A talent acquisition survey has uncovered strategic differentiators in the fight for top talent. While time-to-hire is the top priority metric used across the world, talent acquisition professionals have termed retention of new hires as a major issue. At most organisations, and especially in India, new hires tend to leave within the first 6 months.

With unemployment at low levels, retention of new hires is becoming more difficult, says the global study by Futurestep, a division of Korn Ferry, an HR and analytical firm, adding that a majority (90 per cent) of the executives who participated in the study maintain that 10-25 per cent of new hires tend to leave the organisation within the first six months.

“Traditionally, the job of a talent acquisition professional ended when a position was filled,” said Sue Campbell, Managing Director-Asia, Korn Ferry Futurestep. “In today’s competitive marketplace, the focus has shifted to finding, hiring and retaining workers who are not only effective in their roles today, but who can also be the leaders of tomorrow.”

The study has noted that what was once a recruiter’s market is now dominated by the demands of candidates as the fight for best talent has escalated across the globe. In India, the concern is not unfounded, adds the study. Given the heightened demand for qualified professionals within their industry, talent acquisition professionals in India tend to deal with more deep-rooted problems.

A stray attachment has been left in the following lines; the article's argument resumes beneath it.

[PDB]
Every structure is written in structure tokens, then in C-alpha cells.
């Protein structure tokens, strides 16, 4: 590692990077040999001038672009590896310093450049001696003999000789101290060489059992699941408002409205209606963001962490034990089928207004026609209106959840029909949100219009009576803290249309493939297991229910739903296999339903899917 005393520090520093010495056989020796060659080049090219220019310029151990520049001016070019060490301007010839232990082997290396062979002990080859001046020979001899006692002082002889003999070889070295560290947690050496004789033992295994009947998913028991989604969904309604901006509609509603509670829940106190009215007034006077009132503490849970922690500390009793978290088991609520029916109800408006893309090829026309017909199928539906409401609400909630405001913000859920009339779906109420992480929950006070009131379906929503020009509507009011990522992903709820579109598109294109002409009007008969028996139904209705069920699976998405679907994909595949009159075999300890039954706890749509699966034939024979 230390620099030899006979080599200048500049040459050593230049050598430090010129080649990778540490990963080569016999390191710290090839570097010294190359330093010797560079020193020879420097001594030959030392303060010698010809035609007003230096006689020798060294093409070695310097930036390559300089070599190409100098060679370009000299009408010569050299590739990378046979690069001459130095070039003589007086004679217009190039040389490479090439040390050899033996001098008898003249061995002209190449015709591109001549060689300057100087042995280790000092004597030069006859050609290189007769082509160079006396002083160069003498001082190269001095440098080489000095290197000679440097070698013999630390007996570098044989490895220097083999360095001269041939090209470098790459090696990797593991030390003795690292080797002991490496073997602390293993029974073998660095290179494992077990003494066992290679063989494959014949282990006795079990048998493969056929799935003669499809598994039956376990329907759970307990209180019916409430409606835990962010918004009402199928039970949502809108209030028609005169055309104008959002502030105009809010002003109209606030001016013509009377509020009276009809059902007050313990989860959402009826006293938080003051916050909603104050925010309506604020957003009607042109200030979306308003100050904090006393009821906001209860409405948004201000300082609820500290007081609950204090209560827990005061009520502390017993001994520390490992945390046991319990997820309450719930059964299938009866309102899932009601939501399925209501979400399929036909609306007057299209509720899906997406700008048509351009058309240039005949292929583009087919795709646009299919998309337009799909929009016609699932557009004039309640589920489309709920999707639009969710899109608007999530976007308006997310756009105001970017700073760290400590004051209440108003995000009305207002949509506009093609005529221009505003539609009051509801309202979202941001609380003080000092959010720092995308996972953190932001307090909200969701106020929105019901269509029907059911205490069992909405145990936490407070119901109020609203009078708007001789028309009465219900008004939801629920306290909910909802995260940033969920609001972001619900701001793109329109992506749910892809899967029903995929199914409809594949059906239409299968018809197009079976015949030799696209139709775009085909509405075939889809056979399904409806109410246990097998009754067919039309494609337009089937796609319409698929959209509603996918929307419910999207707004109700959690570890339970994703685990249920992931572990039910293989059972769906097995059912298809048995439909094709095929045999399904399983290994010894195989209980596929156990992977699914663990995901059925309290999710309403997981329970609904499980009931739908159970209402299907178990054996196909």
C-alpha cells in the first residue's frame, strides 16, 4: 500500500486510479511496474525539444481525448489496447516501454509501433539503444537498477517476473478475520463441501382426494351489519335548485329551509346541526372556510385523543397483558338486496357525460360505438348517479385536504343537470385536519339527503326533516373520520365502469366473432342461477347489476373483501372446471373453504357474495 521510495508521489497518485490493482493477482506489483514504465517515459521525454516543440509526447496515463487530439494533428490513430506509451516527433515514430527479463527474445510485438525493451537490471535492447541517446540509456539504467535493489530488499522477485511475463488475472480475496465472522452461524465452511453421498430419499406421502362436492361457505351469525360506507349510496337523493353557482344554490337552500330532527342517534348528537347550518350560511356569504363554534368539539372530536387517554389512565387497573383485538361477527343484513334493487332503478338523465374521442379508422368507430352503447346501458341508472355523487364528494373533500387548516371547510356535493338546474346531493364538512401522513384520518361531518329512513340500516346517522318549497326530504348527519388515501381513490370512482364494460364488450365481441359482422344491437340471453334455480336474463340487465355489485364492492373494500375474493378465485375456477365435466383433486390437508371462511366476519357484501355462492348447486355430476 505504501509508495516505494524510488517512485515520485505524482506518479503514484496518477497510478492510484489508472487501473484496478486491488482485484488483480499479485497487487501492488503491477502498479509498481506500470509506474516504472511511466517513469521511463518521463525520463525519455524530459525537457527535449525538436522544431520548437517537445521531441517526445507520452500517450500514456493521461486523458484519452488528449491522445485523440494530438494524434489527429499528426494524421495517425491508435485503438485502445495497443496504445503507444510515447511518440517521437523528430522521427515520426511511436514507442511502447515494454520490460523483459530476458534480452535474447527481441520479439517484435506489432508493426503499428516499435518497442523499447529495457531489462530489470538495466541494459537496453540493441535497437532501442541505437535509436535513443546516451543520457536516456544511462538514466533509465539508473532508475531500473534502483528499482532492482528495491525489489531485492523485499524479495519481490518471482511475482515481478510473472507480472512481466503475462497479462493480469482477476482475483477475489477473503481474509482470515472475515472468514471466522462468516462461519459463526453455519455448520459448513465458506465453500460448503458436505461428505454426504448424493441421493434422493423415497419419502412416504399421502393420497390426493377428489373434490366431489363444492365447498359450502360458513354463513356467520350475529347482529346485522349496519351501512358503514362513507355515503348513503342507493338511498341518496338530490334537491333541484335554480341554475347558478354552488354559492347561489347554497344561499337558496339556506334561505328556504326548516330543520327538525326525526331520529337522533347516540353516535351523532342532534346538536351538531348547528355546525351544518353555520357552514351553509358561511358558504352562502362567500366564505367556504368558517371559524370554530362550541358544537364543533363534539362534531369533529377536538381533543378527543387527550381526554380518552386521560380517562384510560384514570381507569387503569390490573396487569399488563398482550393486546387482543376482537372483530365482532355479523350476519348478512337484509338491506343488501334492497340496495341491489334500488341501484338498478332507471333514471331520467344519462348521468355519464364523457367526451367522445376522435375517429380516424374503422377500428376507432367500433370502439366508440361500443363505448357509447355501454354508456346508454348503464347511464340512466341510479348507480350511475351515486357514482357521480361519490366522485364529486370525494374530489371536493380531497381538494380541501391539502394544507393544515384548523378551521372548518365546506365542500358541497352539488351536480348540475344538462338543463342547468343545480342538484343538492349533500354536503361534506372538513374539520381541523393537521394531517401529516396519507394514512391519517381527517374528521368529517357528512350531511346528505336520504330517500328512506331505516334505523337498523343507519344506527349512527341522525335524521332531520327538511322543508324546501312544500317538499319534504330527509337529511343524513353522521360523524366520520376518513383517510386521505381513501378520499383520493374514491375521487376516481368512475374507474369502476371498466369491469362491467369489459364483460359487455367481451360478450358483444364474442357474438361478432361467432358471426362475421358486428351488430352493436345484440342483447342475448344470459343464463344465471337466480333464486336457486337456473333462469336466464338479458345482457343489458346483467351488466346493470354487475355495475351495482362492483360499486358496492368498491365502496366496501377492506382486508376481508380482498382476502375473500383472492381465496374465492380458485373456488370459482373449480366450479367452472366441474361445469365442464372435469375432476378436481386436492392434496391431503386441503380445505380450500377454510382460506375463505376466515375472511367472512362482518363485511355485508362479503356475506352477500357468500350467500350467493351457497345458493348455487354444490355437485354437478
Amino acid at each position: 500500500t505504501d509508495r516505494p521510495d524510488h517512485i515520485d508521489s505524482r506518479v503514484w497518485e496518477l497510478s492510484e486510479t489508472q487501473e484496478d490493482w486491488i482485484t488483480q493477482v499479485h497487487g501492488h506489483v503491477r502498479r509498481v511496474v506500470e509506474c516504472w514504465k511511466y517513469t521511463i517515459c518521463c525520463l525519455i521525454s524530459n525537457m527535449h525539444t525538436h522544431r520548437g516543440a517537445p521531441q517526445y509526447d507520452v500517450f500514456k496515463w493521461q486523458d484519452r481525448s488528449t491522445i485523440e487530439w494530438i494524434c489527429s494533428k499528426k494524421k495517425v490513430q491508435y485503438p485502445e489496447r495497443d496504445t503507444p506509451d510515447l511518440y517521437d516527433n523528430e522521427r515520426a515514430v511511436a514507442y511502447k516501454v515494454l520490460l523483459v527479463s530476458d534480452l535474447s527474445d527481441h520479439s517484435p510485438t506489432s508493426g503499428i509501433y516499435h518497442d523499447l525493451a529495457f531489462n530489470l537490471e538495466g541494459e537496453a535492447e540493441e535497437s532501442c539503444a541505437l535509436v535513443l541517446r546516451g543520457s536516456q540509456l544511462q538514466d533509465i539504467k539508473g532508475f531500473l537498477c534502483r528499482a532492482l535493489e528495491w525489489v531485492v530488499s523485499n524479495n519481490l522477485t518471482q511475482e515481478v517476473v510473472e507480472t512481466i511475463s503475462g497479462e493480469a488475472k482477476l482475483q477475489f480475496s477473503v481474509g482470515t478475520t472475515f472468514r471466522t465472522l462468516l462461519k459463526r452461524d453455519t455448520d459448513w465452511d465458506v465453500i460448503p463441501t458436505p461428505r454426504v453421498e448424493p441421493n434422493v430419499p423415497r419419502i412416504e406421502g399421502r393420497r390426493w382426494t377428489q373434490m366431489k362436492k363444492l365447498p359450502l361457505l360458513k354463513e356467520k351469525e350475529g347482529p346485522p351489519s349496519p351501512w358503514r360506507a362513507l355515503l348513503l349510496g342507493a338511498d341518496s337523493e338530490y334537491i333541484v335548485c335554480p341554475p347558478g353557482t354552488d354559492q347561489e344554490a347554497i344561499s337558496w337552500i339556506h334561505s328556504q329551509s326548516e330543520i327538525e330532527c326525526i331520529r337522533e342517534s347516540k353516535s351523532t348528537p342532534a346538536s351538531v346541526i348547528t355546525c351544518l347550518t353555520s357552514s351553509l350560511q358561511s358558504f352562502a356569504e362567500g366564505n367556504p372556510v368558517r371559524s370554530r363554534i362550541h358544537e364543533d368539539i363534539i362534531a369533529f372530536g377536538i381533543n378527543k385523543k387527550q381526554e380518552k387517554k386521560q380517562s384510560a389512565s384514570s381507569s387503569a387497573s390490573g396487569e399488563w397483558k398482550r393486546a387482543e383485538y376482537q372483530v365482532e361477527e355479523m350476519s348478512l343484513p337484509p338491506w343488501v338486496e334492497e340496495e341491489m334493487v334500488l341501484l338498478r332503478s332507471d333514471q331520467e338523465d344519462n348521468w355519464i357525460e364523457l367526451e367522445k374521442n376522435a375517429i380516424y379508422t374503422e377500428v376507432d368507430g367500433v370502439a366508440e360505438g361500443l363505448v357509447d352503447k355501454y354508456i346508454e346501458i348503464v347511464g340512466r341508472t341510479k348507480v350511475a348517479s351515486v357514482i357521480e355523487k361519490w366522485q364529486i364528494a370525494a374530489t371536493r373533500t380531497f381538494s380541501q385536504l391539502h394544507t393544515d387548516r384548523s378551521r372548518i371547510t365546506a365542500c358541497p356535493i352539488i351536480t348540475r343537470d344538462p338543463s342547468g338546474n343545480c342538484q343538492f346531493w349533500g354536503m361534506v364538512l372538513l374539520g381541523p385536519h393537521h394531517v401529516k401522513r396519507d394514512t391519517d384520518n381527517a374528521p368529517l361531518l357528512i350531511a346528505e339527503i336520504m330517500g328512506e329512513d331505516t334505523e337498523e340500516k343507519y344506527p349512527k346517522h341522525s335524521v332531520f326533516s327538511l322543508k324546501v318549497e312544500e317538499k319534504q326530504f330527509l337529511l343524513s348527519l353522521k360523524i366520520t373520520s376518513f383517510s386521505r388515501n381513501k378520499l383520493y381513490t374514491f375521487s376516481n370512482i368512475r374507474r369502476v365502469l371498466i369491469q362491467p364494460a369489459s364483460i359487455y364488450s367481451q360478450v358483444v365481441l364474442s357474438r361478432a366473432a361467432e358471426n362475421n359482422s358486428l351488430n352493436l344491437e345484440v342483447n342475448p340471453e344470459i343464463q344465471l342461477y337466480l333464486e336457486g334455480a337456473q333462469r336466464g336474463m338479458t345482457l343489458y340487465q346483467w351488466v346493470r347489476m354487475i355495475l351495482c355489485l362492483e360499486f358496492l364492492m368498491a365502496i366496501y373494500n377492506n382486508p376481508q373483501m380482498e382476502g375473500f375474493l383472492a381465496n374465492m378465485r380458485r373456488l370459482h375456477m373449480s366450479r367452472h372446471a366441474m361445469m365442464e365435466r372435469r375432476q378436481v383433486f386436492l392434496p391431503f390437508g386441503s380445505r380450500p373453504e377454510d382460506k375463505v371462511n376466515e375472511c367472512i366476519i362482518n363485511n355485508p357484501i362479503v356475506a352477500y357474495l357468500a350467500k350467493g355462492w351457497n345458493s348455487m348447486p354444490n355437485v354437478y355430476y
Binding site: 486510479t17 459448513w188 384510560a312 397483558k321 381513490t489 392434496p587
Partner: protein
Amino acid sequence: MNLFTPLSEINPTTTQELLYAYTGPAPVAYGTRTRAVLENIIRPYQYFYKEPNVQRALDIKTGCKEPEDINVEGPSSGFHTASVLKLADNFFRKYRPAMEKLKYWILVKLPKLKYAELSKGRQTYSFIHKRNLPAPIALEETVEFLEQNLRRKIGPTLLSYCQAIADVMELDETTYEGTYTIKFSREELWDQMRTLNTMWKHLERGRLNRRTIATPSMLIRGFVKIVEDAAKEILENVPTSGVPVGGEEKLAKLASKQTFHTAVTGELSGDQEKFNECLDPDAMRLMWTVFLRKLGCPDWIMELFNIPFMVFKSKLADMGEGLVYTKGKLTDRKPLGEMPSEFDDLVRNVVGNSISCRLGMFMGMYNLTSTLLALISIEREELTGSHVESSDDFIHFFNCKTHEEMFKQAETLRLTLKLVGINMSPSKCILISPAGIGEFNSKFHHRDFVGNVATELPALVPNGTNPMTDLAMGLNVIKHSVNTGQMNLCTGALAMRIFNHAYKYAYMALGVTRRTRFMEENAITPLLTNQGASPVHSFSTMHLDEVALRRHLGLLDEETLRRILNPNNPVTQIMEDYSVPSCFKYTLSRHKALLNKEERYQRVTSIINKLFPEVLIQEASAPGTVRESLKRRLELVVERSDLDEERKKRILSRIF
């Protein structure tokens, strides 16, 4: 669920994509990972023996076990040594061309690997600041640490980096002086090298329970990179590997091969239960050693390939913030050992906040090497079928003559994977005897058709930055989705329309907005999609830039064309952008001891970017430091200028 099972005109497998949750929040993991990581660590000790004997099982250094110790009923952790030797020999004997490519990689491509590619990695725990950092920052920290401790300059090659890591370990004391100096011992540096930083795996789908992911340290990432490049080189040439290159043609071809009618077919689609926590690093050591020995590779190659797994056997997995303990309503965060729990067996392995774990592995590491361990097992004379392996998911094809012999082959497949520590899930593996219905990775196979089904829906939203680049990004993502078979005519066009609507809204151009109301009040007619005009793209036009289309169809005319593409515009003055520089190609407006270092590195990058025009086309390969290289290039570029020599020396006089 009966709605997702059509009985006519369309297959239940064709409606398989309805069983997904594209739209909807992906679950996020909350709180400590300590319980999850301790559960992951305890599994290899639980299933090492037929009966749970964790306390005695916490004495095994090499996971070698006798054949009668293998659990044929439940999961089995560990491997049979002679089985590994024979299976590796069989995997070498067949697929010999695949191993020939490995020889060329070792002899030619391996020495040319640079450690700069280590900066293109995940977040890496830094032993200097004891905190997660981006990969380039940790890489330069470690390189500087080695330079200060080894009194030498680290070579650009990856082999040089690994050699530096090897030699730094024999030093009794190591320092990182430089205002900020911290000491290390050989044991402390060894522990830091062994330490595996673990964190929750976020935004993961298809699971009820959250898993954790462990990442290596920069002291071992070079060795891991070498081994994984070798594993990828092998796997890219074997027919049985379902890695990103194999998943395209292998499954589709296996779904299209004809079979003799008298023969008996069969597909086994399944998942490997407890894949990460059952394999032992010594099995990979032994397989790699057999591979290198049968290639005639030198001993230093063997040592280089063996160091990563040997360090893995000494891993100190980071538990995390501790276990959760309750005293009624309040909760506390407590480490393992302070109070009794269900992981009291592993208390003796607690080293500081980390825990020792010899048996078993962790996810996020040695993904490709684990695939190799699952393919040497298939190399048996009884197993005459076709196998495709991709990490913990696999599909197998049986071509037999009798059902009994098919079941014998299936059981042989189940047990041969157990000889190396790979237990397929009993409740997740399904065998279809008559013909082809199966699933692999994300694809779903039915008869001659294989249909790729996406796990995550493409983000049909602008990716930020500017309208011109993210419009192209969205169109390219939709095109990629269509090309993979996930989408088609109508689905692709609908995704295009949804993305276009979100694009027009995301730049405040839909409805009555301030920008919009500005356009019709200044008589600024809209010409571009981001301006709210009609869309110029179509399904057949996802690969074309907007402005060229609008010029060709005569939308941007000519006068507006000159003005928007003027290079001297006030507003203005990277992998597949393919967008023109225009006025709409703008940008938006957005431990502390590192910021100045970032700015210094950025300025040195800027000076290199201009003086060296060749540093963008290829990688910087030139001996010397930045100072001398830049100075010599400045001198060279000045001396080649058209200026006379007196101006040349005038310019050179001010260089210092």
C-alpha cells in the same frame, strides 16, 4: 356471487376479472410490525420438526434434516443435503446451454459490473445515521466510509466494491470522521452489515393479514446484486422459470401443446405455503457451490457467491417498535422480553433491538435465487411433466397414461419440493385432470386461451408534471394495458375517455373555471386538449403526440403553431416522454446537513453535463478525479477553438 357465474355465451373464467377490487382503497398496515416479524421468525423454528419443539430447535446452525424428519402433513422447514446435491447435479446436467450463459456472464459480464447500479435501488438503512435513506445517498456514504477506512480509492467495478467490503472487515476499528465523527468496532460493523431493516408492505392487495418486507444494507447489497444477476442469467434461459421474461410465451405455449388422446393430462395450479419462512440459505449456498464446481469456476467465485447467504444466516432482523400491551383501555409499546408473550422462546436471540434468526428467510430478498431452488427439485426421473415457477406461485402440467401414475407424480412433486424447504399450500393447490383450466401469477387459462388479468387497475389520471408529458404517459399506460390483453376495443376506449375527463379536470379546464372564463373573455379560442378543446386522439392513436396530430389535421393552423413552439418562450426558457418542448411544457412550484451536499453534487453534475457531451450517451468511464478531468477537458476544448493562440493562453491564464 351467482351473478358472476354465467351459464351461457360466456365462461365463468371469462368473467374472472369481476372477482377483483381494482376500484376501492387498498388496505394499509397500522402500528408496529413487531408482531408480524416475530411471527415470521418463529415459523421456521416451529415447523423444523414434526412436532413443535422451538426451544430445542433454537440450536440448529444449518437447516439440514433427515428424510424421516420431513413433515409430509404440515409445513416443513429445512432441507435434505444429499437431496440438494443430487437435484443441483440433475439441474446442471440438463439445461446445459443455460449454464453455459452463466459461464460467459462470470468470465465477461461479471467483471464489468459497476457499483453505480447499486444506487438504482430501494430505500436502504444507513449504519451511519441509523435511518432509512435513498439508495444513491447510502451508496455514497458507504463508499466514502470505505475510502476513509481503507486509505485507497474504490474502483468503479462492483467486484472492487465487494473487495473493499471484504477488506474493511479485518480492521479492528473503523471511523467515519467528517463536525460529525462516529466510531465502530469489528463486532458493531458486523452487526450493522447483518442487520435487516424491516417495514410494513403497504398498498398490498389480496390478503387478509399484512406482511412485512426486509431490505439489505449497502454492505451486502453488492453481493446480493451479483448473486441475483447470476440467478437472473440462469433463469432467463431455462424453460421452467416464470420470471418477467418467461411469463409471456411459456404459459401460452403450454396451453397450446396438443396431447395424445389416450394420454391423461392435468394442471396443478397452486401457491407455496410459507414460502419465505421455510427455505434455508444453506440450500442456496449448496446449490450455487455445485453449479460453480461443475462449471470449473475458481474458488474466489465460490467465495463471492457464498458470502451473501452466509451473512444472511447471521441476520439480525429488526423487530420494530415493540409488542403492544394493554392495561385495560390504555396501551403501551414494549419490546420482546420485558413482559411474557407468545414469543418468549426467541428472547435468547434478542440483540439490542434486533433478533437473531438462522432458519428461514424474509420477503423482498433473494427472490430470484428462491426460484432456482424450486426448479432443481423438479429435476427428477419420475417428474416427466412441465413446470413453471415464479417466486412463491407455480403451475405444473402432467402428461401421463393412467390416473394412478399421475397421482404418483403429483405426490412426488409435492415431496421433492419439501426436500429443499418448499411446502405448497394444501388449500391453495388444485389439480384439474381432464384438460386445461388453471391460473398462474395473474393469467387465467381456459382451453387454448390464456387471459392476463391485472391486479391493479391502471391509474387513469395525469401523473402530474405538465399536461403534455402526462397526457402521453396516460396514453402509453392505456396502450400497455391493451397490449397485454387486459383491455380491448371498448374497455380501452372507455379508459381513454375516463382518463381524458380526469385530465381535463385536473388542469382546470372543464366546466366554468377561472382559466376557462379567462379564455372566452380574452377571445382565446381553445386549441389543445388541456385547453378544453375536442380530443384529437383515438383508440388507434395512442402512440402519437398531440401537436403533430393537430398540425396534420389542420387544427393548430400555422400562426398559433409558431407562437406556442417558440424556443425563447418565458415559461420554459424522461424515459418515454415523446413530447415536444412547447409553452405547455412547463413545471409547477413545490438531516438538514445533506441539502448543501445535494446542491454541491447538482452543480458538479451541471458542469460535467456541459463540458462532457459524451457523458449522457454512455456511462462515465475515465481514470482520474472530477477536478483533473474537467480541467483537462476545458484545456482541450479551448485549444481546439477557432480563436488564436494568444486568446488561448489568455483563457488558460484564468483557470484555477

While an acute shortage of candidates is the chief concern, with the skills required to move up the leadership pipeline, HR professionals in India maintain they have to battle increased competition from other industries to secure the right talent.

There appears to be a growing appreciation of the costs of getting a hire wrong, especially since the survey finds that India talent acquisition professionals are increasingly focussing on the longer term success of new hires instead of simply measuring the efforts of the hiring process itself.

More than 1,100 hiring professionals were surveyed. India ranked quality of hire higher than any other country. Indian respondents said that time-to-hire is the top priority metric (80 per cent), followed closely by cost-per-hire (46 per cent) and retention (51 per cent). The survey notes talent acquisition professionals in India are more concerned with cost than other countries in the region.